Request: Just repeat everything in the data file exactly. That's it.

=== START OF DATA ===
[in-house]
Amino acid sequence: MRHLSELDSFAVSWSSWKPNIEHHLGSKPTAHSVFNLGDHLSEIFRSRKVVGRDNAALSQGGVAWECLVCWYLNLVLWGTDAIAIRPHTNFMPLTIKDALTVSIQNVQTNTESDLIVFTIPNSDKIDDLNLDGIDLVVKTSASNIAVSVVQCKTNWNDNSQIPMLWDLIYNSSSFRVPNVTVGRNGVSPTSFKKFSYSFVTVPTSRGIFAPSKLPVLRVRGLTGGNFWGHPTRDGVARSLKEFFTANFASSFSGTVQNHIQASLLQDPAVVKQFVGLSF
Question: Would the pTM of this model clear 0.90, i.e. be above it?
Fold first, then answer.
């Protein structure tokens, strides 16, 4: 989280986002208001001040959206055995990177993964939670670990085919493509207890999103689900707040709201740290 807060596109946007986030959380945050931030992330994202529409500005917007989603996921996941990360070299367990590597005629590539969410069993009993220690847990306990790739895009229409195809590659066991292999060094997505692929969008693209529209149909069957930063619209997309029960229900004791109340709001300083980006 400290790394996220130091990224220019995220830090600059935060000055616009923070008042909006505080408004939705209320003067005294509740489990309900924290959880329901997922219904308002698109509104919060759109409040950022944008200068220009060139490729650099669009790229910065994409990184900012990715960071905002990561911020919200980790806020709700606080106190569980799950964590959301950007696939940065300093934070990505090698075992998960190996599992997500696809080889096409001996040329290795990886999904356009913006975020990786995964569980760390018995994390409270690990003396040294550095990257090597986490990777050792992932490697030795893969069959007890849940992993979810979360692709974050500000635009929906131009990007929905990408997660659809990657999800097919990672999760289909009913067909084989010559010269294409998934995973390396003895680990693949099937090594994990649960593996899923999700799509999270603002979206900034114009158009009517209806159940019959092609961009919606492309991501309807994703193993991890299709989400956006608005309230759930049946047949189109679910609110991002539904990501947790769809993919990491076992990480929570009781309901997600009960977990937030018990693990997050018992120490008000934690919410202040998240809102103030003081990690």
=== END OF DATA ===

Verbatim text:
[in-house]
Amino acid sequence: MRHLSELDSFAVSWSSWKPNIEHHLGSKPTAHSVFNLGDHLSEIFRSRKVVGRDNAALSQGGVAWECLVCWYLNLVLWGTDAIAIRPHTNFMPLTIKDALTVSIQNVQTNTESDLIVFTIPNSDKIDDLNLDGIDLVVKTSASNIAVSVVQCKTNWNDNSQIPMLWDLIYNSSSFRVPNVTVGRNGVSPTSFKKFSYSFVTVPTSRGIFAPSKLPVLRVRGLTGGNFWGHPTRDGVARSLKEFFTANFASSFSGTVQNHIQASLLQDPAVVKQFVGLSF
Question: Would the pTM of this model clear 0.90, i.e. be above it?
Fold first, then answer.
């Protein structure tokens, strides 16, 4: 989280986002208001001040959206055995990177993964939670670990085919493509207890999103689900707040709201740290 807060596109946007986030959380945050931030992330994202529409500005917007989603996921996941990360070299367990590597005629590539969410069993009993220690847990306990790739895009229409195809590659066991292999060094997505692929969008693209529209149909069957930063619209997309029960229900004791109340709001300083980006 400290790394996220130091990224220019995220830090600059935060000055616009923070008042909006505080408004939705209320003067005294509740489990309900924290959880329901997922219904308002698109509104919060759109409040950022944008200068220009060139490729650099669009790229910065994409990184900012990715960071905002990561911020919200980790806020709700606080106190569980799950964590959301950007696939940065300093934070990505090698075992998960190996599992997500696809080889096409001996040329290795990886999904356009913006975020990786995964569980760390018995994390409270690990003396040294550095990257090597986490990777050792992932490697030795893969069959007890849940992993979810979360692709974050500000635009929906131009990007929905990408997660659809990657999800097919990672999760289909009913067909084989010559010269294409998934995973390396003895680990693949099937090594994990649960593996899923999700799509999270603002979206900034114009158009009517209806159940019959092609961009919606492309991501309807994703193993991890299709989400956006608005309230759930049946047949189109679910609110991002539904990501947790769809993919990491076992990480929570009781309901997600009960977990937030018990693990997050018992120490008000934690919410202040998240809102103030003081990690």